But so too do supposedly "irreligious," secular people revert to mankind's default religion and worship sacred violence. This was obviously true of Nazi Germany and the Soviet Union, both of which ran on innocent human blood, on the mesmerizing spectacle of sacred violence. This is because it is not possible for human beings to not be religious. If you are not properly religious, then I guarantee that your mind has simply reverted to mythology.
For example, at this moment, sacred violence is being enacted by leftists in France. As David Horowitz has exhaustively chronicled, violence has always been central to the left. It is an inherently destructive and violent movement that either covertly or overtly worships violence. This explains everything from why they idealize monsters such as Arafat, Castro, and Hugo Chavez, to why they wear Che Guevara t-shirts. Here again, I don't want to dwell on something so obvious, but move on to my main point.
The other day, as I usually do, I stopped off at a used record store after work, which is my way of "decompressing." In this case, I picked up a Doors compilation. It's not that I'm a big fan or anything. Rather, it was a frivolous exercise in pure nostalgia. A guilty pleasure. Frankly, their first album in particular brings me right back to when I was 11 years old, which happened to be an especially idyllic time for me. I am not the least bit interested in the mythology that came to envelop Jim Morrison, what with his juvenile poetry and pathetic alcoholism. Rather, I place them in the same category as the Monkees, Donovan, Herman's Hermits, Lovin' Spoonful, and other acts I enjoyed as an eleven year-old. (Although, to be fair, I wouldn't place the Doors in the same lofty category as the Monkees.)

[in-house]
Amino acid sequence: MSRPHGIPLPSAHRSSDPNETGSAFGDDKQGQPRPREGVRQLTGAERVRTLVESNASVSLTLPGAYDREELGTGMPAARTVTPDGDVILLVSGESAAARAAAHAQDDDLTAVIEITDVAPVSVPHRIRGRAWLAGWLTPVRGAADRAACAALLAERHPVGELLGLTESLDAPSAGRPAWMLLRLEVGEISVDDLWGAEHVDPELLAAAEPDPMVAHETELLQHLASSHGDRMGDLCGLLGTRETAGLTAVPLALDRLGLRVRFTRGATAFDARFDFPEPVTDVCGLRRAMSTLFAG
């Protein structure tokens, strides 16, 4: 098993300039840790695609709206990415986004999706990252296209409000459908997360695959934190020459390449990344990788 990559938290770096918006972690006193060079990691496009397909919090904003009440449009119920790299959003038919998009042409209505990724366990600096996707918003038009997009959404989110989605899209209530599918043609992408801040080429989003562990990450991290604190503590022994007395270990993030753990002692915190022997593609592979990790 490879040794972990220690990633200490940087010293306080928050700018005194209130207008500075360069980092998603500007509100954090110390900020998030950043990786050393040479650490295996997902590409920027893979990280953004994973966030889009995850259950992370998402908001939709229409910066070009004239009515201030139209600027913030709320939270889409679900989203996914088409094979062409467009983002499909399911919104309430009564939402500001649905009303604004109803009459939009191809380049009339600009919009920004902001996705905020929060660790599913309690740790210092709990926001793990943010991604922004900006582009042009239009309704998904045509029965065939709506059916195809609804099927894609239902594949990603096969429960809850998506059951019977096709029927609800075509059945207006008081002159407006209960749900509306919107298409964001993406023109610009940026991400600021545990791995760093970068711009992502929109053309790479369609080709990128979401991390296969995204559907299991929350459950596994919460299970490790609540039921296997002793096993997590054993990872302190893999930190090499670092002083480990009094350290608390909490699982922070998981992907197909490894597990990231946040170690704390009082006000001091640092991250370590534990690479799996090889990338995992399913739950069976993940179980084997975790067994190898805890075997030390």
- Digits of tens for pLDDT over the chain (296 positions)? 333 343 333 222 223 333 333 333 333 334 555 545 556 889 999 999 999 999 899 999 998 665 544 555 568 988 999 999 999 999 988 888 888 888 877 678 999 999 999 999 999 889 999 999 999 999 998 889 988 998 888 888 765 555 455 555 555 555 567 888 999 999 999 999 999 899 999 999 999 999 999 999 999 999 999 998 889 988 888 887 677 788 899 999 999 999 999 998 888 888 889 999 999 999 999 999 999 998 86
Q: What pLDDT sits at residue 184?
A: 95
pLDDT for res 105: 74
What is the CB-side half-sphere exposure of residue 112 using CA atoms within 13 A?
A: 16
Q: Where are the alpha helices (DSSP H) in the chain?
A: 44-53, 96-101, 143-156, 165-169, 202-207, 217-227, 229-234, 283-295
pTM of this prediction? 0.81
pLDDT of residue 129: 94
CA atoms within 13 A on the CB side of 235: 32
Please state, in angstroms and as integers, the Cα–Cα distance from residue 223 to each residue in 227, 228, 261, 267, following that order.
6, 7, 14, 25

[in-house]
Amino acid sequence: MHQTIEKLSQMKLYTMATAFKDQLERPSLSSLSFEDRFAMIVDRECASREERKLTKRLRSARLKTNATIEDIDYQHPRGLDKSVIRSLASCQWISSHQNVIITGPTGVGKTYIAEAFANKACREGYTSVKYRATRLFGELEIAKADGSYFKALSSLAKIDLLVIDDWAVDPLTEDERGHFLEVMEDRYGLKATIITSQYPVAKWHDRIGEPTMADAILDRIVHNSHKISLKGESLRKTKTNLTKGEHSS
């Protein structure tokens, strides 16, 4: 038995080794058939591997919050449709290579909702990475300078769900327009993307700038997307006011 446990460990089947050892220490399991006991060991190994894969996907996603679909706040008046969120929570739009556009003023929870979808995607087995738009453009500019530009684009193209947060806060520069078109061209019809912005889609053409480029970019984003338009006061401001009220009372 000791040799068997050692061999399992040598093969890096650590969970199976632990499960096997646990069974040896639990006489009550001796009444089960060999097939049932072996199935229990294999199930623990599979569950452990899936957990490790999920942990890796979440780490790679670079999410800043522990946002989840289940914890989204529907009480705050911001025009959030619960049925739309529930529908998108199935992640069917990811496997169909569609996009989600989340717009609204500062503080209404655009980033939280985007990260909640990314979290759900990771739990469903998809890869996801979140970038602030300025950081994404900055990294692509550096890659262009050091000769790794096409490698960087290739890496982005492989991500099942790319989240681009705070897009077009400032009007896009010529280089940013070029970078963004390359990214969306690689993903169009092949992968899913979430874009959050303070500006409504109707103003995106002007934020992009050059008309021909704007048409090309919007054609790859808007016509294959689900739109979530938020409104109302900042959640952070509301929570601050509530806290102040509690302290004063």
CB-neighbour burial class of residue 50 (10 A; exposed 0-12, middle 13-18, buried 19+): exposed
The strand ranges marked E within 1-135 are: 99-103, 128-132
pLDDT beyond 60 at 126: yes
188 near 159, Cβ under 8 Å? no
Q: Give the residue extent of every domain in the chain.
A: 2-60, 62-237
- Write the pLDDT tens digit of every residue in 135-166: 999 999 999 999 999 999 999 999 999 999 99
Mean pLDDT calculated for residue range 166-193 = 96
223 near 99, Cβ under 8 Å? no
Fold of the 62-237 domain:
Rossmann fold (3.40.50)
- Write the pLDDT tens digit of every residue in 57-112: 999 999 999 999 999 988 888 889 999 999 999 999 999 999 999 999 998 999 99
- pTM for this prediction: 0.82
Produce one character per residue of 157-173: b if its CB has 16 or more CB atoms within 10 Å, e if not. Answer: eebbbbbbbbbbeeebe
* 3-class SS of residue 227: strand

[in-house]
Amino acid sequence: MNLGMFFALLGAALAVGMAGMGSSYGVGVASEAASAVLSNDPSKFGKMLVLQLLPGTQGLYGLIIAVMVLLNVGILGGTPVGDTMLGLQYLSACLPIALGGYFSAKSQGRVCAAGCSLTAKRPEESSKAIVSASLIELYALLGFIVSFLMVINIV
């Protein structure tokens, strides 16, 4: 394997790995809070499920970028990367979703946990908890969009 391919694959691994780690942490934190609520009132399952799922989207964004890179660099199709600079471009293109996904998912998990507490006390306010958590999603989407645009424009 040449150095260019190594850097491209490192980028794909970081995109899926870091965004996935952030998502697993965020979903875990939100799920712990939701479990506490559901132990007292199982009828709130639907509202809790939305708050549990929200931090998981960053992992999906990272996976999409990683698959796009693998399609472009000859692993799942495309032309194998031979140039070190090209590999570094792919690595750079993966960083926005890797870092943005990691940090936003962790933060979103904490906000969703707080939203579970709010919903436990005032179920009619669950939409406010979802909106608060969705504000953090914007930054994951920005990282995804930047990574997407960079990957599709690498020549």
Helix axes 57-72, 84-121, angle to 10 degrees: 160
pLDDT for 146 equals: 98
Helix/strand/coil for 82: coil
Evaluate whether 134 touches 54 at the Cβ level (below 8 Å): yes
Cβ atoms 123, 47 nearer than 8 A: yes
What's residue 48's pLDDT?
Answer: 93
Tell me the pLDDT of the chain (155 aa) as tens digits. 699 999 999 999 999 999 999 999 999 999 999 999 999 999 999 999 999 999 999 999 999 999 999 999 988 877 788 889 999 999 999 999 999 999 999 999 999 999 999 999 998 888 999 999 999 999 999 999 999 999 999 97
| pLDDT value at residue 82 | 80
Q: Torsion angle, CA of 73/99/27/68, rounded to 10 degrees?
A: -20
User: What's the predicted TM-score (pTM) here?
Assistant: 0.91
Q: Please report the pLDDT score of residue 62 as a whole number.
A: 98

As I have noted before, something happened to culture in general and music in particular right around that time. For one thing, instead of simply being a form of background entertainment, music quite obviously came to the foreground and literally became the sacrament of a new form of religion.